Adrien Gautier
Adrien Gautier


Adrien Gautier

How to write tests for TypeScript types?

How to write tests for TypeScript types?

And when do we need them?

Adrien Gautier's photo
Adrien Gautier
·Dec 10, 2021·

4 min read

Writing test is, essentially, making assertions. Most of the time, these assertions aim to check the logic we implemented. But types in TypeScript rely on their own inference logic, don't they? In this article, I am going to cover two use cases where TypeScript inference is not sufficient and type testing is useful. Then we will see how ts-expect can help to test types.

When do types tests are needed?

Writing Declarations files

Declarations files must be written manually for JavaScript modules with no types in order for them to be used in a TypeScript project.

Writing declarations is a tedious task and mistakes can be made. The DefinitelyTyped project (which provides types module under the @types alias on npm) recommend writing tests to prevent these mistakes.

Declarations files tests in DefinitelyTyped rely on the project's own tool dtslint. Tests are a bit different from what we are used to in a test framework like Jest. they are like regular TypeScript files, but annotated with comments that do the actual assertion:

import { f } from "my-lib"; // f is(n: number) => void

// $ExpectType void

// Can also write the assertion on the same line.
f(2); // $ExpectType void

// $ExpectError

dtslint provides an environment that compares the definitions files with those tests.

For declarations files located on your own project, dtslint advices to use the lib tsd instead.

Double-check Type Assertion

In a properly declared environment, most of the types are properly inferred by TypeScript. But, sometimes, declaration and inference are not enough, and we need to do Type Assertion.

Using the as keyword:

const articles = JSON.parse(data) as Articles;

Using type predicates (custom type guards):

function isFish(pet: Fish | Bird): pet is Fish {
  return (pet as Fish).swim !== undefined;

Type Guards are listed in the Narrowing section. But I like to think of it as a kind of "controlled" Type Assertion.

By using as or is keyword, we dictate how TypeScript must apply an arbitrary type.

Arbitrary doesn't mean random or without constraints. The initial type must overlap, using as (or include using is), the asserted type.

These Type Assertions are on the "implementation" side, and, because the implementation can evolve over time, it is a good idea to prevent any regression using tests.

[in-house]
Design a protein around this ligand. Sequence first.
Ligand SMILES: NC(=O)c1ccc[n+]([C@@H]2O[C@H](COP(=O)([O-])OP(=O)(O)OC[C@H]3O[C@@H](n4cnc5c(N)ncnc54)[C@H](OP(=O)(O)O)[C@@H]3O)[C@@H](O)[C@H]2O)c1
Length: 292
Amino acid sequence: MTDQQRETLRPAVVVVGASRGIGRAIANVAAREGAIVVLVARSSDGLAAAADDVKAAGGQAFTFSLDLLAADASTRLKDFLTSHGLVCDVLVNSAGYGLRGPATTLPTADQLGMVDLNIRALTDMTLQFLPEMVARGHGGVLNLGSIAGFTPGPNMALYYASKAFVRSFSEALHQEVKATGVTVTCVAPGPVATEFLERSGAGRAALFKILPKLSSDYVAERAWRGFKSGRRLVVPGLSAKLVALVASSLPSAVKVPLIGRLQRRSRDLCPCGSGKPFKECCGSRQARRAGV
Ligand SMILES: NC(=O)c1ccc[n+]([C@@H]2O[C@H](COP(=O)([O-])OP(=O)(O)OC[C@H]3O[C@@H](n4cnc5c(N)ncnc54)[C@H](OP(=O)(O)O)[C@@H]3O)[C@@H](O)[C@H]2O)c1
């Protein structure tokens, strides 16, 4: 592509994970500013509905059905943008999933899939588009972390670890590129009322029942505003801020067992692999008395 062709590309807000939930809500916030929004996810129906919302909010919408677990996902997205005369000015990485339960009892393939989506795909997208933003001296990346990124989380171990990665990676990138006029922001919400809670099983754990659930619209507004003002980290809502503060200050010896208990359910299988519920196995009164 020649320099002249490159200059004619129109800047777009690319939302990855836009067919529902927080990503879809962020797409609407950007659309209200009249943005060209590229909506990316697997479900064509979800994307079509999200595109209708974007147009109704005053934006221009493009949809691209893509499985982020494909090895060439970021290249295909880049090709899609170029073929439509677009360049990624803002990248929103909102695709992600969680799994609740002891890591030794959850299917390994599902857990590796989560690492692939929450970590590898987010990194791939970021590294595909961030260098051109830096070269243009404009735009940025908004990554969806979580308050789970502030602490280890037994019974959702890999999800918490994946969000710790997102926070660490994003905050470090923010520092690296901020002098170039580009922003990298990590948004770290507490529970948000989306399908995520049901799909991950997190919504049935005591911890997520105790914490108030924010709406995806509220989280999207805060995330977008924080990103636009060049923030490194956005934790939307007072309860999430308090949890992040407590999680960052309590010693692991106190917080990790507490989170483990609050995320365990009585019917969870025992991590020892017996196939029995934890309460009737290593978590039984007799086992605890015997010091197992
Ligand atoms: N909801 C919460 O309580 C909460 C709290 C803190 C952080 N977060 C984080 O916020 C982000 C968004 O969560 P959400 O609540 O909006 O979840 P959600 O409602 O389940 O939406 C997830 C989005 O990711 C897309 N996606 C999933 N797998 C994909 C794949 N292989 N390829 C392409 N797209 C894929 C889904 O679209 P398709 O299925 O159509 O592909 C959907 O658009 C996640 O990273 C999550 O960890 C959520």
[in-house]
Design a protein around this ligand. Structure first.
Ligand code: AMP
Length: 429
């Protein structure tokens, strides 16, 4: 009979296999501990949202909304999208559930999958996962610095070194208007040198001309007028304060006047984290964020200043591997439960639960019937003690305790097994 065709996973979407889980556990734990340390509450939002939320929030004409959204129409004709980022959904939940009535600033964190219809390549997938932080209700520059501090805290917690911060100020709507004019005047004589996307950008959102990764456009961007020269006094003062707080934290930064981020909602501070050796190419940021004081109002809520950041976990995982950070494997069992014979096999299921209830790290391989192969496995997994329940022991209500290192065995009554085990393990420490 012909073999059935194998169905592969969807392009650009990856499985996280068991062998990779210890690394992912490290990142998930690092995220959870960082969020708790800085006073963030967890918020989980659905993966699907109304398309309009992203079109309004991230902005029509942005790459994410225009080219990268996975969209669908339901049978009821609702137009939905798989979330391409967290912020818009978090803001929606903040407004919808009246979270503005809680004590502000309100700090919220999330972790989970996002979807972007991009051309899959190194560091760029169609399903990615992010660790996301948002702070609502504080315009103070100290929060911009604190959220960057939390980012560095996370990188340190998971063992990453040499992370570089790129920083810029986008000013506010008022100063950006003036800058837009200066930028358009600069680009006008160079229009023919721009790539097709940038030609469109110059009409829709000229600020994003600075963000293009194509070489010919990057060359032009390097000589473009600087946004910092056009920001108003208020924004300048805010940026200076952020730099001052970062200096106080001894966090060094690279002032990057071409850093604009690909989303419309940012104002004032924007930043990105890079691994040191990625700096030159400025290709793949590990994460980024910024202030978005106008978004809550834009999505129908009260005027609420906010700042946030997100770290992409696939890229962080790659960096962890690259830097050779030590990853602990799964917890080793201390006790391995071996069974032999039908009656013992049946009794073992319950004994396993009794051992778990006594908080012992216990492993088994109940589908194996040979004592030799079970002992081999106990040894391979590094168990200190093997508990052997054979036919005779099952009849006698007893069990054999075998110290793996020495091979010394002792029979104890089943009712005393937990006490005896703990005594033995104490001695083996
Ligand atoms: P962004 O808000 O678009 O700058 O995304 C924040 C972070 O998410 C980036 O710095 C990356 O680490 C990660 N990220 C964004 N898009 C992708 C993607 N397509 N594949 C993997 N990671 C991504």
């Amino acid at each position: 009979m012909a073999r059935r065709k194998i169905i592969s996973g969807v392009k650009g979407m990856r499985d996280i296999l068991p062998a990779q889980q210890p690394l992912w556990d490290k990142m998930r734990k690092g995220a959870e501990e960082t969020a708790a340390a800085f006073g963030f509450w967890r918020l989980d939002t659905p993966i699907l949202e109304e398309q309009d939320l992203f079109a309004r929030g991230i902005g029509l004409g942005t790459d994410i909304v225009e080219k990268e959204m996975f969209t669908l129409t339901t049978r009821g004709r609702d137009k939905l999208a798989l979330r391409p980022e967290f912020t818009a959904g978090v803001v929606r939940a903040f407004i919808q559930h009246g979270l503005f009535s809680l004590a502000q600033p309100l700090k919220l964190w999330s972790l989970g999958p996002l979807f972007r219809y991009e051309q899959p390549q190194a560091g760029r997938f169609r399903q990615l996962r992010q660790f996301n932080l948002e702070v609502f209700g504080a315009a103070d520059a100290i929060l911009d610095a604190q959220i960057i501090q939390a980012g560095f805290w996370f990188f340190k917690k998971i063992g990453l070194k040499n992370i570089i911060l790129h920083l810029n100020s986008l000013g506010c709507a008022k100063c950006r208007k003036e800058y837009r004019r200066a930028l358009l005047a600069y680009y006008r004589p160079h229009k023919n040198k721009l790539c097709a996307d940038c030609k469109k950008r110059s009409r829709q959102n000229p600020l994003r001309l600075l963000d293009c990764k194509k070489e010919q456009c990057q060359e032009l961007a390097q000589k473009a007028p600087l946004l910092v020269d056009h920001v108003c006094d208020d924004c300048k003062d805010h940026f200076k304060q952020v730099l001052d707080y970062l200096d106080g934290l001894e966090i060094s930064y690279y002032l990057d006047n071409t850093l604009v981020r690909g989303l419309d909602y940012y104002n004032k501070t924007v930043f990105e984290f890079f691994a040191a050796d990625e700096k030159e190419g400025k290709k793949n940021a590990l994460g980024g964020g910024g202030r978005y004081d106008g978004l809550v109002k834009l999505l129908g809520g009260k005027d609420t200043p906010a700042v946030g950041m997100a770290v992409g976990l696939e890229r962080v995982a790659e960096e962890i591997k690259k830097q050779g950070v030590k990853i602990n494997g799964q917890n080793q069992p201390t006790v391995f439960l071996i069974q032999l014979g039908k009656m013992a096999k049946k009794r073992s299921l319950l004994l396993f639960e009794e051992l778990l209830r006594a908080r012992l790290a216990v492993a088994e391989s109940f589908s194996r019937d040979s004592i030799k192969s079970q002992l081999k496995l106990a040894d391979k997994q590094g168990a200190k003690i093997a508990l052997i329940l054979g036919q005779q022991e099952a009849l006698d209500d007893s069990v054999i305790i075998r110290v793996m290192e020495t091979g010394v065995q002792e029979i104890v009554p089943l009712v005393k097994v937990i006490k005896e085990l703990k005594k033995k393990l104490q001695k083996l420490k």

We saw that dtslint and tsd are meant to test declarations files. They can't really be used in this case (it seems though that a workaround is possible using a dummy declarations file).

expect-type could be interesting because it relies on assertion similar to jest and can be written next to unit tests. However, errors in the IDE are quite opaque and it is difficult to know if the test is wrong or the actual implementation.

The approach of ts-expect is I think the most interesting. As said in the README, this lib provides functions that do nothing at all! Using a clever set of TypeScript generics, the lib is able to raise errors on build time if types constraints are not satisfied. Because the "tests" rely on a basic type inference from TypeScript, errors are easy to understand.

Writing tests with ts-expect

As said, tests with ts-expect are just about: "if it compiles then it works". You just need to dedicate a command to compile your tests files (e.g: execute tsc with the --noEmit flag because you don't need compiled files).


The main function brought by the lib aims to test if the value passed to the function satisfies the type passed as an argument to the generic.

const one = 1;

expectType on its own does not check equality. Any subset of the given type will be valid.


For equality, ts-expect provides a generic with two arguments:

const one = 1;
expectType<TypeEqual<number, typeof one>>(false);

Types that should not be satisfied

It can be useful to test the opposite assertion, to expect that a type does not satisfy another. Typescript, since version 3.9, provides a very powerful directive:

const one = "one";
// @ts-expect-error

If for any reason the line following the directive doesn't raise an error, the comment itself will raise the error: Unused '@ts-expect-error' directive. ts(2578)


ts-expect API is not perfect but it provides a simple way to write assertions about types. Combined with the @ts-expect-error directive, it should cover most of the use-cases, if not all. Writing tests for my own package Soit revealed some weaknesses in my type guards I have been able to fix. And it will, I am sure, prevent regression for future evolutions of the package.